He and I sat and talked while the others went to bed. We talked about girlfriends, jobs, Christmas, and changing from a kid to an adult, sometimes whether you want to or not. I went to bed wondering if I helped him or he helped me.


I found out later he and Girl Twin talked until the wee hours. I’m sure they haven’t done that in years. They may be twins, but they have different rooms, different friends, different interests, and different lives. It was great to find out the can still share time together. That’s what makes Christmas.


Twenty-years ago the construction company I was working for hired a young single father of a young boy. Soon after I moved on, but our paths crossed many more times. We found ourselves working together in another state. We were like brothers. Our birthdays were a couple of days apart.

A few years back, to celebrate our birthdays, we decided to skip work and treat ourselves to a birthday breakfast including whiskey shots, at 7:00 in the morning. That was a great day.


When my son passed, my friend helped me through a pretty rough time. He let me cry. He made me laugh.


We haven’t worked together for a while. He married and started another family in a town a hundred miles from me. We talk more than occasionally on the phone. We have lunch when we can, no whiskey.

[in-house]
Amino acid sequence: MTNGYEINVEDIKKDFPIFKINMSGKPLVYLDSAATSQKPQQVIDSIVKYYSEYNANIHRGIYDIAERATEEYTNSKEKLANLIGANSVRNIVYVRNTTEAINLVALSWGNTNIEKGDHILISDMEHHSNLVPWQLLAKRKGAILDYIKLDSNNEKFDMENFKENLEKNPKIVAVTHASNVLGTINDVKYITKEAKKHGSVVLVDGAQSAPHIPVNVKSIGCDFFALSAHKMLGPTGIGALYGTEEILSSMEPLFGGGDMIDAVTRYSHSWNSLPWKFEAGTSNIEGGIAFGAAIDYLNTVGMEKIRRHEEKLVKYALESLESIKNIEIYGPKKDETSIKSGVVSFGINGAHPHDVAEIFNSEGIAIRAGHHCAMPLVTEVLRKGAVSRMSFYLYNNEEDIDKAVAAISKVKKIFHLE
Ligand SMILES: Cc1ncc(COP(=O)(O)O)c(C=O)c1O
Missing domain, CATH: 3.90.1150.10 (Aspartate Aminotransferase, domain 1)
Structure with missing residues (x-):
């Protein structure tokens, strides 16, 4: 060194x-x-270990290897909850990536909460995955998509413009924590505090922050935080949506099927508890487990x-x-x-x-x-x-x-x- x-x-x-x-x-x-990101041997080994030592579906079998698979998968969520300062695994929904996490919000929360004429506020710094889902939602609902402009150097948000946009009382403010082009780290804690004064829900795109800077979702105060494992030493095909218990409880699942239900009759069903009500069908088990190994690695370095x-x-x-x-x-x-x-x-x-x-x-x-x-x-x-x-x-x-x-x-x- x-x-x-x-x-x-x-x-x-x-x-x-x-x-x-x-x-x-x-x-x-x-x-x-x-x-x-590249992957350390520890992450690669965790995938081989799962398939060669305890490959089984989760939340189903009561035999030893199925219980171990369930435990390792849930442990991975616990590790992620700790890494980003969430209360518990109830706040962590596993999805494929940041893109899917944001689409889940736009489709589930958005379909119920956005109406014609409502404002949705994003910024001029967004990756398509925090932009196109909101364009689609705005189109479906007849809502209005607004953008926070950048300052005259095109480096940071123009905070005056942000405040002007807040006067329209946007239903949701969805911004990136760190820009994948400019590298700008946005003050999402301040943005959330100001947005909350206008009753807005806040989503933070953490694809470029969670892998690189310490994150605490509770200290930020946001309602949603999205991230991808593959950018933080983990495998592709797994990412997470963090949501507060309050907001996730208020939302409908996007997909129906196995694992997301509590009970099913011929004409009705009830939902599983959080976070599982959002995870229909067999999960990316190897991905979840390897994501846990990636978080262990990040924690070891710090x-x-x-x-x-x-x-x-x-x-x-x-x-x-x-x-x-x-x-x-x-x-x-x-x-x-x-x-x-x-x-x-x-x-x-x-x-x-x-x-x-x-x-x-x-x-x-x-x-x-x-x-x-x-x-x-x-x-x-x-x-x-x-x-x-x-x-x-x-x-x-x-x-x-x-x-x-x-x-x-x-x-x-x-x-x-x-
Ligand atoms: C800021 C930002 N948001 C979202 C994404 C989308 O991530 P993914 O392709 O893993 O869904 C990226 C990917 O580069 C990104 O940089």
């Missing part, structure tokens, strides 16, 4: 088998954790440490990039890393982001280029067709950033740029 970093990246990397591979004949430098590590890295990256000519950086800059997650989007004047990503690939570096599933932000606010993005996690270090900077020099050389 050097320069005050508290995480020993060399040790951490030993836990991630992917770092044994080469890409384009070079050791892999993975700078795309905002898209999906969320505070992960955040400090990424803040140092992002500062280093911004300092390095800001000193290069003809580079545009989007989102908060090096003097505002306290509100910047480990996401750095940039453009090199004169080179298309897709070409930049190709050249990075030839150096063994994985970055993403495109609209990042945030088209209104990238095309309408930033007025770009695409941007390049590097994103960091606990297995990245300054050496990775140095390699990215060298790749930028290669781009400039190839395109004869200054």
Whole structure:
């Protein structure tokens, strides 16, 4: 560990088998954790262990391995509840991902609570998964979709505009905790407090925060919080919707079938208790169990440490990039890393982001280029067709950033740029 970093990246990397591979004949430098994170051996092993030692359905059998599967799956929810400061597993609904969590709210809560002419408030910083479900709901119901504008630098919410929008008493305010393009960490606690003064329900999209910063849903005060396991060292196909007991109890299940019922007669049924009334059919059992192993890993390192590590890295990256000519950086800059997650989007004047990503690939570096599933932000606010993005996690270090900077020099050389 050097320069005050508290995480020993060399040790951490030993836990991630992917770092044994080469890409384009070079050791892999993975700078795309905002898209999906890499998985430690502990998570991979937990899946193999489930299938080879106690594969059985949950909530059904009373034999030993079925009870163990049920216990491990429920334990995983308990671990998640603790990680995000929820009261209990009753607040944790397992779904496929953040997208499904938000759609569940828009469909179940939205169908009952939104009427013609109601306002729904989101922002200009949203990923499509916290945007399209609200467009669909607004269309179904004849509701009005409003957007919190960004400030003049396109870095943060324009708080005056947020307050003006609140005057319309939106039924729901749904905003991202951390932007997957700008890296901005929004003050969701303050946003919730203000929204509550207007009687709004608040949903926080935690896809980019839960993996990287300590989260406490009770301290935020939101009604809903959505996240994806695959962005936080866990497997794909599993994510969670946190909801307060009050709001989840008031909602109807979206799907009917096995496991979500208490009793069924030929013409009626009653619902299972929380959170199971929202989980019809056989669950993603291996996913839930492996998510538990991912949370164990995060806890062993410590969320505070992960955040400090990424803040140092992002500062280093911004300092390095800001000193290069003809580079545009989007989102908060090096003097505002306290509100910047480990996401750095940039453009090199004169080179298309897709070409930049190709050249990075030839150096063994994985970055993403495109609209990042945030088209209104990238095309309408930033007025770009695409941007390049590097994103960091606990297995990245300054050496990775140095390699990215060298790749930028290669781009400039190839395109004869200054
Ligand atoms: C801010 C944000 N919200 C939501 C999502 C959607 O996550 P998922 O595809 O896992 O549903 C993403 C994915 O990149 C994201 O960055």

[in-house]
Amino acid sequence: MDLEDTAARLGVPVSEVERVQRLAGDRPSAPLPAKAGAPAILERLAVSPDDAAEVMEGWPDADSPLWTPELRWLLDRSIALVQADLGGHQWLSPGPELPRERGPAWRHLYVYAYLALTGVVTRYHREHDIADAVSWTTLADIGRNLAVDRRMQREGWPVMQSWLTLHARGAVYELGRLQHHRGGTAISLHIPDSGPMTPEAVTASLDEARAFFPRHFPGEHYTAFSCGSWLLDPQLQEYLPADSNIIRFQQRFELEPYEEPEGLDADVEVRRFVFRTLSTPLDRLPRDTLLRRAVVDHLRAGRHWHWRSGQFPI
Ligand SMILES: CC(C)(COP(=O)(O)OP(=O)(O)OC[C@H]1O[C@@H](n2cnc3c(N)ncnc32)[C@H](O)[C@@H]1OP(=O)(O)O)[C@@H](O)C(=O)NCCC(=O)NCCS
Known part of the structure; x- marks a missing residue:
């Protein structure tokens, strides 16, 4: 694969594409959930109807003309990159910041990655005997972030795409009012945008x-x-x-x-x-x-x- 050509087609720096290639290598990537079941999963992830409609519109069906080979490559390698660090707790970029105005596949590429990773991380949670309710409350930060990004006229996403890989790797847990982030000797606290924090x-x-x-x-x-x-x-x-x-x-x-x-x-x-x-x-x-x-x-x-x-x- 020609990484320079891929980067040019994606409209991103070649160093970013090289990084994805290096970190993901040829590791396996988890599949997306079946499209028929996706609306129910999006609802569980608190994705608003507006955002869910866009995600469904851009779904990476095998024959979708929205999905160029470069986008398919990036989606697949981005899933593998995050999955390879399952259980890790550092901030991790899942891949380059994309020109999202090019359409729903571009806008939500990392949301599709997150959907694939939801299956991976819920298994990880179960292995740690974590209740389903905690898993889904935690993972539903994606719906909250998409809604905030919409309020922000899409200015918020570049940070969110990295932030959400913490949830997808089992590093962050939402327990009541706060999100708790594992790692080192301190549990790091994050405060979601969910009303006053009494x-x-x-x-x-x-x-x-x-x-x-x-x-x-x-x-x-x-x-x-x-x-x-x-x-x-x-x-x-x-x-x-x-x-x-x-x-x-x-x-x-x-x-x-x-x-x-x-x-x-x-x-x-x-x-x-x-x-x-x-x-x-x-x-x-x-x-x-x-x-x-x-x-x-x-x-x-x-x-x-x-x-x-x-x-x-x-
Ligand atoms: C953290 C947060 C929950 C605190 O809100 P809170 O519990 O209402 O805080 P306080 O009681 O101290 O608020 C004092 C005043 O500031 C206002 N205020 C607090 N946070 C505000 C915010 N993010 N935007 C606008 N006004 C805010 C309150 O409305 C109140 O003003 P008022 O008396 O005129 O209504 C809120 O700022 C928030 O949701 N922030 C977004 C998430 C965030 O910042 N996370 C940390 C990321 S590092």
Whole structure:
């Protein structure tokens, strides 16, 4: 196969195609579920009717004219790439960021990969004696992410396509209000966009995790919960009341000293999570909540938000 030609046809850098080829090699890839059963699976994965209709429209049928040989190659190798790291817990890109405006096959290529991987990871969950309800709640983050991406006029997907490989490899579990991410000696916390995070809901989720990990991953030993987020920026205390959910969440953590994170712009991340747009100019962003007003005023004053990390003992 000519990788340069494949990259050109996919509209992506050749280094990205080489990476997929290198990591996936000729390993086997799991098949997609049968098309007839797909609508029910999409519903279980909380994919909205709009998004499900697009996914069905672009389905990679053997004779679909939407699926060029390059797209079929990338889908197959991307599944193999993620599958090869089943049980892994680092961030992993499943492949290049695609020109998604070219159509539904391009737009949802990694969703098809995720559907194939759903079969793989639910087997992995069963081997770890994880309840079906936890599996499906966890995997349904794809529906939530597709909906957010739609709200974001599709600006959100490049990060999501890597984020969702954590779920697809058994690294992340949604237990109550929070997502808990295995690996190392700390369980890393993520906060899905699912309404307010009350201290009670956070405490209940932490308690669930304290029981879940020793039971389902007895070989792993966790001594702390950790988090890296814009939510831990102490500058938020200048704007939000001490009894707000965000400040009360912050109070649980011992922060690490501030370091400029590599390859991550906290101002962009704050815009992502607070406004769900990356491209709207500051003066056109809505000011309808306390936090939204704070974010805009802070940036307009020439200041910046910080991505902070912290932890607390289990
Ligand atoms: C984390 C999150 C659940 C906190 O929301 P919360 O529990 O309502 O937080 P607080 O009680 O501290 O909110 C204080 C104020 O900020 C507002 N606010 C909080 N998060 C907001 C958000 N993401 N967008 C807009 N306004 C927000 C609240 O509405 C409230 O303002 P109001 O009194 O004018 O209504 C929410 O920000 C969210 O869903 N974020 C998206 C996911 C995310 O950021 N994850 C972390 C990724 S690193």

Last week, I received a text from my friend. I’m not very good at noticing and returning texts on my phone. I called him the next day. He answered and I said, “Hey man, what’s up?” “My son’s dead.” I heard his words, I didn’t want to, but I heard him. I asked, “What did you say?” “He’s dead, I’m in (another state) to take care of his stuff. He has a dog. I wish you were with me. I won’t ask you to come, I will be home on Christmas Eve. I can’t believe how parallel our lives are.” That world had taken another child.


Some will say the child is in a better place, and I believe that. Nevertheless, as with the hole that my son left in me, the hole in my friend’s heart will never be filled. God, bless my friend and give him the strength he gave me.


Christmas will never be the same for my friend. Christmas has never been the same for me. Please hug your spouse, your parents, your children, and your friends. In just a blink, your Christmases can change, never to be the same. Spread some love.


From Your Daily Fiber, Ivy, Girl Twin, Boy Twin, Elaine and Monner; Merry Christmas and have a happy and safe, 2021 and beyond. God Bless you.


Our crazy lives!


Monner